“What is wrong with my phone?!?”
“My connection is going in and out, and the call quality is terrible!”
These frustrations are sometimes overheard in business offices that have recently upgraded to a hosted PBX system for their business phones. In this post, we offer a few hosted PBX troubleshooting steps that should resolve some of the issues that arise with this type of new phone system. These solutions will help you transition to your new technology and make office life better for all employees who use it.
Technology Learning Curve
Remember, no new technology is ever implemented into a business without a few bumps in the road as your business and employees learn what it can do and how to get it to work FOR them.
Hosted PBX phone systems are no different. Too often, people associate the issues they experience as they ‘go live’ with a new phone system with the phone or the system itself.
Common statements or questions technicians hear with a customer who is new to a cloud-based phone system are:
“We never had any issues like this with our old land line. There must be a problem with these new phones.”
“When we had an on-premise phone closet, our call quality was fine…. What happened?!?”
With a little training and a commitment to the new technology on the part of your employees, you’ll quickly find that your new advanced system is a tool that will add efficiency and simplicity to your daily business.
Hosted PBX Troubleshooting: Common Issues
Inadequate Internet Connection
One of the biggest pieces of the puzzle in terms of ensuring that your VoIP phone system has the best possible call quality is having a good internet connection. What does this mean? In the simplest sense, it means that you need enough bandwidth to support the voice data that is now being accessed through your router, in addition to the rest of the typical data usage your business relies on to operate successfully (like email, web browsing, etc). Our related blog post can help you understand the value of all this data to your business.
With your new system, your internet connection has to be able to support this additional “traffic” whereas, in the past, it resided elsewhere.
In the case of a premise-based phone closet, you most likely used a VoIP system, but the data that comprised your voice transmissions would have been managed through a dedicated path, separate from your voice traffic.
Likewise, a landline does not use VoIP at all, and thus there is no digital data being transmitted over the internet, as there is in a cloud-based phone system.
In either of the above cases, your inbound and outbound calls resided elsewhere, in terms of the main “route” that your typical web data was transferred through with your prior system.
You'll need to determine the necessary changes in your bandwidth in order to allow your system to operate as designed.
Low Call Quality
If you experience call quality issues with your new Hosted PBX system, it is important to ask yourself a few things:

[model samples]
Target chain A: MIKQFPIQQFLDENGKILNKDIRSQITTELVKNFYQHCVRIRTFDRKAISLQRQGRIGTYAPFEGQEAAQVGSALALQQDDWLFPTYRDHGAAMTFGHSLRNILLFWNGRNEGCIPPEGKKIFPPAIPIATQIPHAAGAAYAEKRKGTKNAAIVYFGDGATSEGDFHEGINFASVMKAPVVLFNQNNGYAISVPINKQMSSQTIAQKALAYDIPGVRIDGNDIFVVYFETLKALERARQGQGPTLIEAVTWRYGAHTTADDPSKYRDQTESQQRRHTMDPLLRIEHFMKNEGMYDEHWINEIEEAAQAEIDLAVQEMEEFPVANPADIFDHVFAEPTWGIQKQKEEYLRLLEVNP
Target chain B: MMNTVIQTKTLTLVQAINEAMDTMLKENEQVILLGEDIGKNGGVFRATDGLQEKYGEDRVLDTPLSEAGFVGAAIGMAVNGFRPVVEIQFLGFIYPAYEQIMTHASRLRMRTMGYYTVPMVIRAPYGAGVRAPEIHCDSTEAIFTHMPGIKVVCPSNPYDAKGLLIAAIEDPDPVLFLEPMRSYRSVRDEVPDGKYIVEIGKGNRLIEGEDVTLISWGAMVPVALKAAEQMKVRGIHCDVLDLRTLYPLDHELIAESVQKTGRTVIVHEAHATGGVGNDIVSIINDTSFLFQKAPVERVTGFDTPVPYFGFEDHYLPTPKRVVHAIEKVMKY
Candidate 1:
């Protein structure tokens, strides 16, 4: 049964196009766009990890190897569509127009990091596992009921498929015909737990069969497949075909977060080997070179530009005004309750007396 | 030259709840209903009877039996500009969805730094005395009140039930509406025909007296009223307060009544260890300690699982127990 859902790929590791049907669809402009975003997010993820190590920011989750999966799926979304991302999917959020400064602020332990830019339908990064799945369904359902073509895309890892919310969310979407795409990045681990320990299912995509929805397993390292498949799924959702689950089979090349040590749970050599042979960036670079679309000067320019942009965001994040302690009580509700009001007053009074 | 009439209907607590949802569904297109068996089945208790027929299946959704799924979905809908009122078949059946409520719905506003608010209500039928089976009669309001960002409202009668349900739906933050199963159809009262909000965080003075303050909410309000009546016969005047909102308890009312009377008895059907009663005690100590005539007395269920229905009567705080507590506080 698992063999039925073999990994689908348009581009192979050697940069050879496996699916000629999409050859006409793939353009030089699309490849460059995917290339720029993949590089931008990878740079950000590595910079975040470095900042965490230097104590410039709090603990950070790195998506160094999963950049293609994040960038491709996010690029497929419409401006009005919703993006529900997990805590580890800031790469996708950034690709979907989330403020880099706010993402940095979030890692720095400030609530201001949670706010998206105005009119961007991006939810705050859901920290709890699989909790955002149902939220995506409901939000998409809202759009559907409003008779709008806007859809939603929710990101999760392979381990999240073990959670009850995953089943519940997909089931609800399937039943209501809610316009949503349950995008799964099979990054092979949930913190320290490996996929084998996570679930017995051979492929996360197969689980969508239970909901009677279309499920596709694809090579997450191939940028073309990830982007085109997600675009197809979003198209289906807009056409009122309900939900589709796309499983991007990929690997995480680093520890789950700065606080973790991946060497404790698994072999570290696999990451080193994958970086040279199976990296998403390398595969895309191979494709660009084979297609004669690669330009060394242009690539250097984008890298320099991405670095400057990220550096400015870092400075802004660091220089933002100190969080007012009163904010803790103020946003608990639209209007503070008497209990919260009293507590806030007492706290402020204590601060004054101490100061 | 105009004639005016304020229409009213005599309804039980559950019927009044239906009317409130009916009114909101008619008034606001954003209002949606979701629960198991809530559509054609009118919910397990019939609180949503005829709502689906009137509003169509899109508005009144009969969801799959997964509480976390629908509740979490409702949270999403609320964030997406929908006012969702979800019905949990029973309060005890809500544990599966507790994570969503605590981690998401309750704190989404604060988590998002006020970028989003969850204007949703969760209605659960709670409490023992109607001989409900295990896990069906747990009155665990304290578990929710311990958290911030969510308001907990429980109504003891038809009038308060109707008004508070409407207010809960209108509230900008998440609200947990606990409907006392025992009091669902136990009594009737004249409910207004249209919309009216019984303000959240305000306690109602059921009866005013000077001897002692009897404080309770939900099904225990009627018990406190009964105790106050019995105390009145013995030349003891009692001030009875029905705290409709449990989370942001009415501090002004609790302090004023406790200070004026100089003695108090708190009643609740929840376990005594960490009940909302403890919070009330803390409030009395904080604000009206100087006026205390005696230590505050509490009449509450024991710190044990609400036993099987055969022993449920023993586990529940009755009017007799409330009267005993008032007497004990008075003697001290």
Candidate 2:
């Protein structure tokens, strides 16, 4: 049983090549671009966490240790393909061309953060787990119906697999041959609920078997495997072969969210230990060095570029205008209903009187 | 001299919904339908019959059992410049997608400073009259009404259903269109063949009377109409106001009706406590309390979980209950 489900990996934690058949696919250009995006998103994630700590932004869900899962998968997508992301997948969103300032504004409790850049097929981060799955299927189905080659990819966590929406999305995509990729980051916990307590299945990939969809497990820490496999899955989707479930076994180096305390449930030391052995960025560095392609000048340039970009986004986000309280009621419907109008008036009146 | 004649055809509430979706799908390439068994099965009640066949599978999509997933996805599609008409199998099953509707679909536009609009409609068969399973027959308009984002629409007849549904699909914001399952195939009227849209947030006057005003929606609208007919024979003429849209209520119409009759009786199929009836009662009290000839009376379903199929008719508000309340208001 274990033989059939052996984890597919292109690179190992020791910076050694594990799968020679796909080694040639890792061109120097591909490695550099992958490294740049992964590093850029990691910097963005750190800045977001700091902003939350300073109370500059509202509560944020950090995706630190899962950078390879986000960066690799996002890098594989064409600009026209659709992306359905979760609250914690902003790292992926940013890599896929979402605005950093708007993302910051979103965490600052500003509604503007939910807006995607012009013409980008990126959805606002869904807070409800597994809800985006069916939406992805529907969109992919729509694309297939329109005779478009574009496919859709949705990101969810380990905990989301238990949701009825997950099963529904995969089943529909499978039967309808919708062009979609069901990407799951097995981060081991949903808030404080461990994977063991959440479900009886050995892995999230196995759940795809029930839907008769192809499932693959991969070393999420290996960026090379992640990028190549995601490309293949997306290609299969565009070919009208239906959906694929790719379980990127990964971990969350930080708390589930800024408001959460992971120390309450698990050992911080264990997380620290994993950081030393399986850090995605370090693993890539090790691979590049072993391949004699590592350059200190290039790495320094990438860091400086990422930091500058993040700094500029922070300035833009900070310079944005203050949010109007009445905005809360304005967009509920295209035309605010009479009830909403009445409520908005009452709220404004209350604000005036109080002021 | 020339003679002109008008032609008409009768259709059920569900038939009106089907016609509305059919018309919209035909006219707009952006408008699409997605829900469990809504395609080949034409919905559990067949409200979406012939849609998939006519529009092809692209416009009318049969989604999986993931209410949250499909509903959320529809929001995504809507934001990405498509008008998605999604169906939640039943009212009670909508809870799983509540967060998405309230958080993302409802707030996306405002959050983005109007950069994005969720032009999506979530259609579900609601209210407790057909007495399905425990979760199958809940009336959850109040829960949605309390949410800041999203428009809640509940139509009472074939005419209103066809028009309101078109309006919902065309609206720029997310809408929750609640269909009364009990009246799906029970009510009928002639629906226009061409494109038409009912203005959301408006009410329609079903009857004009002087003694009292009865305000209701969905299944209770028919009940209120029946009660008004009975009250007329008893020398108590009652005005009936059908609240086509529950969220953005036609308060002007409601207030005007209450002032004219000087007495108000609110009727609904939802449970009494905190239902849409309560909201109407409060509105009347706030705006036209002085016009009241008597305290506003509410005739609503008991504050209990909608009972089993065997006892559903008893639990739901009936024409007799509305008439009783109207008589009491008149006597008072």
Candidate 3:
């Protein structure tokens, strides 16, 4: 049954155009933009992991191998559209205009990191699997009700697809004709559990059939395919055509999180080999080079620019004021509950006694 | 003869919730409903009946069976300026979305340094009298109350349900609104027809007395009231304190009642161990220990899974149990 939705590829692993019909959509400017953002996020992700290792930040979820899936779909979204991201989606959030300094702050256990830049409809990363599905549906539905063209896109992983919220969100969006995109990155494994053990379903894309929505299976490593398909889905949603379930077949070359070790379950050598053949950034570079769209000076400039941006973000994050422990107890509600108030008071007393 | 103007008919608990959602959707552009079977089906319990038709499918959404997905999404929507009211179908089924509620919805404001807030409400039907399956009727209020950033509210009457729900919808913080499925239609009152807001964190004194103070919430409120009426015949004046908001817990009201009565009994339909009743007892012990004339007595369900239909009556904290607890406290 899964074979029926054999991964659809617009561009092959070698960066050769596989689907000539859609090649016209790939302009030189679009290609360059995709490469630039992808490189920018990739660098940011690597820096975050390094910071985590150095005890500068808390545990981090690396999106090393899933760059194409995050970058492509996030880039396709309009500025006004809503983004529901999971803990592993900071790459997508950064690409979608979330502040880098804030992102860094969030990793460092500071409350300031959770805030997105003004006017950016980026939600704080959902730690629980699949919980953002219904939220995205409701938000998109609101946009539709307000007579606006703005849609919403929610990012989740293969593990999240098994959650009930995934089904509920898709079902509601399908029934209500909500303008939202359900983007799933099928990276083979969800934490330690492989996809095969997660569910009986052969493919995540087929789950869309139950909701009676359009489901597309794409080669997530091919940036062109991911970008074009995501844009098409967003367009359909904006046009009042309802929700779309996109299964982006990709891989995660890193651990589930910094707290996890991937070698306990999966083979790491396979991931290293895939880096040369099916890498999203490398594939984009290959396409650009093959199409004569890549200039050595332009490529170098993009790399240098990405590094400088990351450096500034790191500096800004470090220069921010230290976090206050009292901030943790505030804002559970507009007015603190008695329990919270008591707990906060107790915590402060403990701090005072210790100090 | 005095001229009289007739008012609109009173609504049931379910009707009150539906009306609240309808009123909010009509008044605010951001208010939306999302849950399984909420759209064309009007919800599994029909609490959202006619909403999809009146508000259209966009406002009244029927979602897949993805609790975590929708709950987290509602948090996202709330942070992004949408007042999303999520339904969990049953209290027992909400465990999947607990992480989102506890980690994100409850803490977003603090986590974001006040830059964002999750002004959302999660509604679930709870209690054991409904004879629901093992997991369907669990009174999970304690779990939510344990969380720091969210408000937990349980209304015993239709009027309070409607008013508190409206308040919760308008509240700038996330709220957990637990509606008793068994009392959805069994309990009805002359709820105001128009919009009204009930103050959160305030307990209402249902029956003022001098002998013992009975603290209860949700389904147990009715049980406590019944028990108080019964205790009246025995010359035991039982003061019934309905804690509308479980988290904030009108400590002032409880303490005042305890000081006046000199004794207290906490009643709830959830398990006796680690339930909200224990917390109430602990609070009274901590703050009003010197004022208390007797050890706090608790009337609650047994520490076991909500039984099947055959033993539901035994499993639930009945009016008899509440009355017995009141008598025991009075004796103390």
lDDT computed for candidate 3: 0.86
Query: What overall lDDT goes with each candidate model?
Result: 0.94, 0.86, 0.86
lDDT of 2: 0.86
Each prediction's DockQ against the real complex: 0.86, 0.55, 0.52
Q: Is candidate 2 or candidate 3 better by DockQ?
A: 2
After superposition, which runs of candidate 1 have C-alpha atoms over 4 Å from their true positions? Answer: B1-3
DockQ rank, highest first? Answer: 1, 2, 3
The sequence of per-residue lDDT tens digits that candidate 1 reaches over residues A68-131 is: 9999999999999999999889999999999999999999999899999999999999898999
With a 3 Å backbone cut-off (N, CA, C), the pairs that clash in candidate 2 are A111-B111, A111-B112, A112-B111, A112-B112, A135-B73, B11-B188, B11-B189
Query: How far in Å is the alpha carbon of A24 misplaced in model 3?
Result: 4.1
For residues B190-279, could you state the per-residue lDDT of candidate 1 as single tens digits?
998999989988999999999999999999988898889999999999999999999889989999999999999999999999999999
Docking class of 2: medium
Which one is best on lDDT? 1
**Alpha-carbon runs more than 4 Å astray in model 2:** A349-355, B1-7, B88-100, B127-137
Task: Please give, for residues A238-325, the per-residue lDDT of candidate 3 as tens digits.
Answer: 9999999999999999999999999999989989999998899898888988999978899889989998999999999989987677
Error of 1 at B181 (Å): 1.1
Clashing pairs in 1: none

1. Do you have enough bandwidth to accommodate the extra traffic?
- Conservatively, a single inbound or outbound VoIP call uses 100 kilobits of data
- Internet speed is commonly measured in megabits per second (mbps)
- 1 megabit is equivalent to 1,000 kilobits
- If you have an internet connection with an upload speed of 1mbps, you can effectively have 10 simultaneous calls going on at one time (per second (kbps)) with no call quality issues – assuming that you are not using any other data.
2. How many simultaneous calls could you need at one time?
- If you only have a maximum of two phones in operation at once, you still have 80% of your bandwidth available for other data, like emails or web browsing.
- Depending on the size of the non-voice data usage, this could be enough for you. However, there are measures one can take to ensure that it will be.
“Quality of Service” (QOS) Is Not Managed
To ensure that you always prioritize the data being transmitted through your router to maintain high call quality, you have to manage your “Quality of Service” (QoS). What this does is it segregates a portion of your available bandwidth to always be dedicated to incoming and outgoing voice data traffic.
It is best to segment enough bandwidth to accommodate the maximum amount of simultaneous calls you may potentially have. By doing this, you essentially create a separate “road” for your voice traffic so that high usage of other data (large downloads, streaming media) will travel on a virtually separate road.
This non-voice “road” may get congested and slow down, but through managing your QoS via your router, you ensure that there is an “express lane” open for free flowing and high quality voice data transmission.
Making Your Hosted PBX System Work For You
Transition to any new technology can be a little uncomfortable for small business employees who are accustomed to a prior phone system -- even though the change is ultimately a positive one. Using the Hosted PBX troubleshooting steps above should provide solutions for some of the most common issues you might be facing.
For the long-term, a hosted PBX phone system should serve to add efficiency and convenience for your business communications and also increase productivity on your team. Learn more about the benefits of this type of system in our resource below, "Improve Communications with PBX and VoIP."